Newspaper article The Observer (Gladstone, Australia)

Book Takes Peek into Our Past

Newspaper article The Observer (Gladstone, Australia)

Book Takes Peek into Our Past

Article excerpt

Byline: SIMON CRASE

YOU won't find an X marking treasure in a certain book of maps owned by a local, but you will find it buried inside the pages.

John Anderson possesses a bit of quintessential Queensland history: Roads of Queensland, the tome hailing back to a time when vehicles were few and far between on the roads Co an ironic twist considering John's long involvement in the auto industry.

The book was printed in 1913 and it was happened upon by John in the roof of the Port Curtis Motors building in Tank Street in the mid-1950s.

"It was in a metal container and I didn't know what it was when we pulled the building down; it was up in the ceiling," Jon said.

"We bought the dealership in the early '50s, pulled it down and built a brick one."

Touted as a compendium of valuable information concerning the industries and possibilities of the state of Queensland, the book remains in pristine condition almost 100 years after being produced.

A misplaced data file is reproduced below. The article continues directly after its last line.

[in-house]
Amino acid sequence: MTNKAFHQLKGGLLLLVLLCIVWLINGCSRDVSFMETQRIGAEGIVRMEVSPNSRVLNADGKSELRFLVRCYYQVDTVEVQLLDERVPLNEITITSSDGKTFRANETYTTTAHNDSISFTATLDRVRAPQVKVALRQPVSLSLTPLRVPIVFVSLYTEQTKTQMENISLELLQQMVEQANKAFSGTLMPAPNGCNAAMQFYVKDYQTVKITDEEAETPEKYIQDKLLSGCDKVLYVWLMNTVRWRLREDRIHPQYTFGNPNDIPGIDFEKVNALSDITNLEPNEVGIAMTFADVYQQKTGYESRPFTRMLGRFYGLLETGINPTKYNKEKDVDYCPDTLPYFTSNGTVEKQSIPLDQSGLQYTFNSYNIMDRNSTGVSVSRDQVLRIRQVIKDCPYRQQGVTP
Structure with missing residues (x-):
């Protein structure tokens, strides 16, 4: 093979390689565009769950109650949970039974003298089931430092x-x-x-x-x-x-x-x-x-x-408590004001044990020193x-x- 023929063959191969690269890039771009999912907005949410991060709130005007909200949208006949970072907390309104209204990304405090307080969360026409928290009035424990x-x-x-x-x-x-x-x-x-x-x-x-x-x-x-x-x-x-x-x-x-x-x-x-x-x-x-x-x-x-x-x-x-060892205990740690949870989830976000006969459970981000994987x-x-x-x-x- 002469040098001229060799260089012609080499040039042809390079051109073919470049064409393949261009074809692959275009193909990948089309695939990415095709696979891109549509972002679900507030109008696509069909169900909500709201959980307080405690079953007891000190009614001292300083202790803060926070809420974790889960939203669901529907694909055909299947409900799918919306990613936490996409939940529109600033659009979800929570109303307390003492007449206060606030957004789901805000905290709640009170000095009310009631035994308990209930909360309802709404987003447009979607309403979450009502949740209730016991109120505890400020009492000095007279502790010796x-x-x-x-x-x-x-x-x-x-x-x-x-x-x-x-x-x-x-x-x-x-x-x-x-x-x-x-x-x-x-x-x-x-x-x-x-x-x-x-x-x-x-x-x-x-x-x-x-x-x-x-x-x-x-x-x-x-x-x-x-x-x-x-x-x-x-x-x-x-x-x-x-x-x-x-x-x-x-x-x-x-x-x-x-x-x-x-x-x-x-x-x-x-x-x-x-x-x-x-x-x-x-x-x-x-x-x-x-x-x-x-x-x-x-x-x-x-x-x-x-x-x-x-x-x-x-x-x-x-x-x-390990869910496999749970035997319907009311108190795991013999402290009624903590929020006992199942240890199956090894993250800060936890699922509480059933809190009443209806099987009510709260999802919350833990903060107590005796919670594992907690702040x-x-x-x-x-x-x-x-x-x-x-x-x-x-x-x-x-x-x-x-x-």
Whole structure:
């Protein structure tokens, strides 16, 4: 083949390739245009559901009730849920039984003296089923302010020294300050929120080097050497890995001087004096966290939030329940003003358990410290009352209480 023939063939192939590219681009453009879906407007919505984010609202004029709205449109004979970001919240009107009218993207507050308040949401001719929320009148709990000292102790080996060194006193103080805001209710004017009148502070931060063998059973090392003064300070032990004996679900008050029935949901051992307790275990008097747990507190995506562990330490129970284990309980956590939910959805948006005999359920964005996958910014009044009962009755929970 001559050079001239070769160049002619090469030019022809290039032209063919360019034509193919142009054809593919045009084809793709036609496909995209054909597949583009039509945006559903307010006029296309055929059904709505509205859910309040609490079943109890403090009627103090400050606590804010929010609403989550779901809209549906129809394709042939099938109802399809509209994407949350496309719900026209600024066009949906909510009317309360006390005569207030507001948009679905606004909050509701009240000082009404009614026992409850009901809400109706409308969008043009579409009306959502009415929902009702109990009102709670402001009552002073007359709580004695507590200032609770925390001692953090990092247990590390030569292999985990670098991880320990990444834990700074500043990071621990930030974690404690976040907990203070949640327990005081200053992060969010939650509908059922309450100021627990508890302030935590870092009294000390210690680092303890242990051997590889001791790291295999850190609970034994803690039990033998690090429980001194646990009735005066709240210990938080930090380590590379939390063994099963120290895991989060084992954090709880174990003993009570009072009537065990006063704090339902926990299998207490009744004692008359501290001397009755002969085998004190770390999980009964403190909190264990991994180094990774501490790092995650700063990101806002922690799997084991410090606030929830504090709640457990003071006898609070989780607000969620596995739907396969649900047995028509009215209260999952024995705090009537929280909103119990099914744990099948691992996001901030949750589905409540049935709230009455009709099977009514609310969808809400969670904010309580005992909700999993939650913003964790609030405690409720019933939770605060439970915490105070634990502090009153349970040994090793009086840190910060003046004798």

For travellers, tourists, motorists, drovers, land seekers and all persons using the state's roads and railways, the publication also has a plethora of statistics from the time.

After reading the book, which provides excellent detail about Queensland during the pre-First World War years of dynamic growth, John was drawn to simply say: "It's magic".

He's quick to point out the interesting facts which give a snapshot of a place on the rise.

Gladstone was a thriving metropolis, according to the 1911 census, a town of 1294 people, while Miriam Vale was home to 223, Marmor 433, Murray's Creek 262 and Rosedale 258. The population of Many Peaks was basically neck-and-neck with Gladstone at the time on 1280.

Described as a pastoral, dairying, agricultural and mining district, Gladstone was deemed to be a prosperous thriving area, ripe for the picking.

As the book says "Sheep do not seem to do too well on the Coastal lands .... As a dairying country, it is coming into favour and this combined with swine breeding should prove a very profitable undertaking, given ordinary seasons . …

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